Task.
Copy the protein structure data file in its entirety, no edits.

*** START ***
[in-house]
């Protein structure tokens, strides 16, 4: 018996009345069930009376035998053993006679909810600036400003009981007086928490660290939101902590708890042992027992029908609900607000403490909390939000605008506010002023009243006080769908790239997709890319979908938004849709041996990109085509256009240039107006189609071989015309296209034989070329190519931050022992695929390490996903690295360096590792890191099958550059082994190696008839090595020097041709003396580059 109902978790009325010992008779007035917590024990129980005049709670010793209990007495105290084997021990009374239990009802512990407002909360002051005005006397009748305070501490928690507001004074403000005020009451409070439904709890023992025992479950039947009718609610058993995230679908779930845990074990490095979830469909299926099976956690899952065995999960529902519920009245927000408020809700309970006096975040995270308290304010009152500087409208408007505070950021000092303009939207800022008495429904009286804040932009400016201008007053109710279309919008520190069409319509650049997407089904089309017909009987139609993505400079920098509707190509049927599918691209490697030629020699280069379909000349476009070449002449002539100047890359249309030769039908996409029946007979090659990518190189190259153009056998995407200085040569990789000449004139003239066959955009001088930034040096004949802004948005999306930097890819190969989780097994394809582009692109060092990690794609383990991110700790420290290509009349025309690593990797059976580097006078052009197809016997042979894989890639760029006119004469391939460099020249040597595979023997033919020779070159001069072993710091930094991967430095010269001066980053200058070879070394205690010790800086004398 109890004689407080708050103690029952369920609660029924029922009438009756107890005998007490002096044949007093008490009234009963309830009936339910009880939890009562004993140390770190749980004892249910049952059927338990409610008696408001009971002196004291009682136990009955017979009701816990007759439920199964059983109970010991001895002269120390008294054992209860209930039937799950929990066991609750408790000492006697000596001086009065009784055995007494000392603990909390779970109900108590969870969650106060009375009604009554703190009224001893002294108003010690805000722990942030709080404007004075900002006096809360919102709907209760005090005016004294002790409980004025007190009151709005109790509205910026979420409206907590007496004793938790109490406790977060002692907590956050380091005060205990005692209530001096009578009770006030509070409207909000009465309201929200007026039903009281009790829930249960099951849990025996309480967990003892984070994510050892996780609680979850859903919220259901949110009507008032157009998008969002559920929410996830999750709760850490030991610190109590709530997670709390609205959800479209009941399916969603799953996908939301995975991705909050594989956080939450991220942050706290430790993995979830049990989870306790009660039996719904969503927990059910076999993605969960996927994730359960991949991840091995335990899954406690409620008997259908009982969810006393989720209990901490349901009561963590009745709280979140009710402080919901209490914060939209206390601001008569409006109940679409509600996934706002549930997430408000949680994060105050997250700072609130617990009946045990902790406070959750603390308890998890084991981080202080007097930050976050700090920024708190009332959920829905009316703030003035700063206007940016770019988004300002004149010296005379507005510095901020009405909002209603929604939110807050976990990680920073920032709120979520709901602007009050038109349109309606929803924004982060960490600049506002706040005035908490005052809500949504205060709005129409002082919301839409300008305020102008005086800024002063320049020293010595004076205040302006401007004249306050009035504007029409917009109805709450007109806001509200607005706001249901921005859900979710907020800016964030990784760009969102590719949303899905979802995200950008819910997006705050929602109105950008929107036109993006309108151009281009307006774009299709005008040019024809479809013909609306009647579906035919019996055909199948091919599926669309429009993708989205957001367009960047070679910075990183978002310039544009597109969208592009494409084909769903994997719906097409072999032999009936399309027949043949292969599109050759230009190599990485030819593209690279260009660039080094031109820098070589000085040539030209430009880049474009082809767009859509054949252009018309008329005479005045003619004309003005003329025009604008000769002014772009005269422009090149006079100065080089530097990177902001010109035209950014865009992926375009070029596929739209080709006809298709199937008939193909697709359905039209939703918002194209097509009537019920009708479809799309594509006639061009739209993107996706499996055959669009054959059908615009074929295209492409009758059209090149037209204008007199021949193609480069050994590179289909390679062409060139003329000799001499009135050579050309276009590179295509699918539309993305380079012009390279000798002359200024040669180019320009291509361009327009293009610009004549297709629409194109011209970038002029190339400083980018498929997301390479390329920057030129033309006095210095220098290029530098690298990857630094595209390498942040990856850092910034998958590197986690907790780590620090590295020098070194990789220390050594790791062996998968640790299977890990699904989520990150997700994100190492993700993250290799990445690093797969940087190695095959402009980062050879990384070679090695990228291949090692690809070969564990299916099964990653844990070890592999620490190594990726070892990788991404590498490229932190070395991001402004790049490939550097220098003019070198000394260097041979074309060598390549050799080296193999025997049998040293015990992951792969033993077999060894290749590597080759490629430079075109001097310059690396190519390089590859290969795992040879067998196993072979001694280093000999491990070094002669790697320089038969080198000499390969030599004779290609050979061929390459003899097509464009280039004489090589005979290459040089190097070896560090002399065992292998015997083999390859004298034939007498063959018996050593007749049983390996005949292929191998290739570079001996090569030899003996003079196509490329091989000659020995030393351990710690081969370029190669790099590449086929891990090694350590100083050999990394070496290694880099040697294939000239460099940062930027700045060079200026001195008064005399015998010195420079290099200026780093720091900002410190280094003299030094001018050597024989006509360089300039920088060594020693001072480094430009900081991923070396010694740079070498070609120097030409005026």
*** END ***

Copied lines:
[in-house]
């Protein structure tokens, strides 16, 4: 018996009345069930009376035998053993006679909810600036400003009981007086928490660290939101902590708890042992027992029908609900607000403490909390939000605008506010002023009243006080769908790239997709890319979908938004849709041996990109085509256009240039107006189609071989015309296209034989070329190519931050022992695929390490996903690295360096590792890191099958550059082994190696008839090595020097041709003396580059 109902978790009325010992008779007035917590024990129980005049709670010793209990007495105290084997021990009374239990009802512990407002909360002051005005006397009748305070501490928690507001004074403000005020009451409070439904709890023992025992479950039947009718609610058993995230679908779930845990074990490095979830469909299926099976956690899952065995999960529902519920009245927000408020809700309970006096975040995270308290304010009152500087409208408007505070950021000092303009939207800022008495429904009286804040932009400016201008007053109710279309919008520190069409319509650049997407089904089309017909009987139609993505400079920098509707190509049927599918691209490697030629020699280069379909000349476009070449002449002539100047890359249309030769039908996409029946007979090659990518190189190259153009056998995407200085040569990789000449004139003239066959955009001088930034040096004949802004948005999306930097890819190969989780097994394809582009692109060092990690794609383990991110700790420290290509009349025309690593990797059976580097006078052009197809016997042979894989890639760029006119004469391939460099020249040597595979023997033919020779070159001069072993710091930094991967430095010269001066980053200058070879070394205690010790800086004398 109890004689407080708050103690029952369920609660029924029922009438009756107890005998007490002096044949007093008490009234009963309830009936339910009880939890009562004993140390770190749980004892249910049952059927338990409610008696408001009971002196004291009682136990009955017979009701816990007759439920199964059983109970010991001895002269120390008294054992209860209930039937799950929990066991609750408790000492006697000596001086009065009784055995007494000392603990909390779970109900108590969870969650106060009375009604009554703190009224001893002294108003010690805000722990942030709080404007004075900002006096809360919102709907209760005090005016004294002790409980004025007190009151709005109790509205910026979420409206907590007496004793938790109490406790977060002692907590956050380091005060205990005692209530001096009578009770006030509070409207909000009465309201929200007026039903009281009790829930249960099951849990025996309480967990003892984070994510050892996780609680979850859903919220259901949110009507008032157009998008969002559920929410996830999750709760850490030991610190109590709530997670709390609205959800479209009941399916969603799953996908939301995975991705909050594989956080939450991220942050706290430790993995979830049990989870306790009660039996719904969503927990059910076999993605969960996927994730359960991949991840091995335990899954406690409620008997259908009982969810006393989720209990901490349901009561963590009745709280979140009710402080919901209490914060939209206390601001008569409006109940679409509600996934706002549930997430408000949680994060105050997250700072609130617990009946045990902790406070959750603390308890998890084991981080202080007097930050976050700090920024708190009332959920829905009316703030003035700063206007940016770019988004300002004149010296005379507005510095901020009405909002209603929604939110807050976990990680920073920032709120979520709901602007009050038109349109309606929803924004982060960490600049506002706040005035908490005052809500949504205060709005129409002082919301839409300008305020102008005086800024002063320049020293010595004076205040302006401007004249306050009035504007029409917009109805709450007109806001509200607005706001249901921005859900979710907020800016964030990784760009969102590719949303899905979802995200950008819910997006705050929602109105950008929107036109993006309108151009281009307006774009299709005008040019024809479809013909609306009647579906035919019996055909199948091919599926669309429009993708989205957001367009960047070679910075990183978002310039544009597109969208592009494409084909769903994997719906097409072999032999009936399309027949043949292969599109050759230009190599990485030819593209690279260009660039080094031109820098070589000085040539030209430009880049474009082809767009859509054949252009018309008329005479005045003619004309003005003329025009604008000769002014772009005269422009090149006079100065080089530097990177902001010109035209950014865009992926375009070029596929739209080709006809298709199937008939193909697709359905039209939703918002194209097509009537019920009708479809799309594509006639061009739209993107996706499996055959669009054959059908615009074929295209492409009758059209090149037209204008007199021949193609480069050994590179289909390679062409060139003329000799001499009135050579050309276009590179295509699918539309993305380079012009390279000798002359200024040669180019320009291509361009327009293009610009004549297709629409194109011209970038002029190339400083980018498929997301390479390329920057030129033309006095210095220098290029530098690298990857630094595209390498942040990856850092910034998958590197986690907790780590620090590295020098070194990789220390050594790791062996998968640790299977890990699904989520990150997700994100190492993700993250290799990445690093797969940087190695095959402009980062050879990384070679090695990228291949090692690809070969564990299916099964990653844990070890592999620490190594990726070892990788991404590498490229932190070395991001402004790049490939550097220098003019070198000394260097041979074309060598390549050799080296193999025997049998040293015990992951792969033993077999060894290749590597080759490629430079075109001097310059690396190519390089590859290969795992040879067998196993072979001694280093000999491990070094002669790697320089038969080198000499390969030599004779290609050979061929390459003899097509464009280039004489090589005979290459040089190097070896560090002399065992292998015997083999390859004298034939007498063959018996050593007749049983390996005949292929191998290739570079001996090569030899003996003079196509490329091989000659020995030393351990710690081969370029190669790099590449086929891990090694350590100083050999990394070496290694880099040697294939000239460099940062930027700045060079200026001195008064005399015998010195420079290099200026780093720091900002410190280094003299030094001018050597024989006509360089300039920088060594020693001072480094430009900081991923070396010694740079070498070609120097030409005026």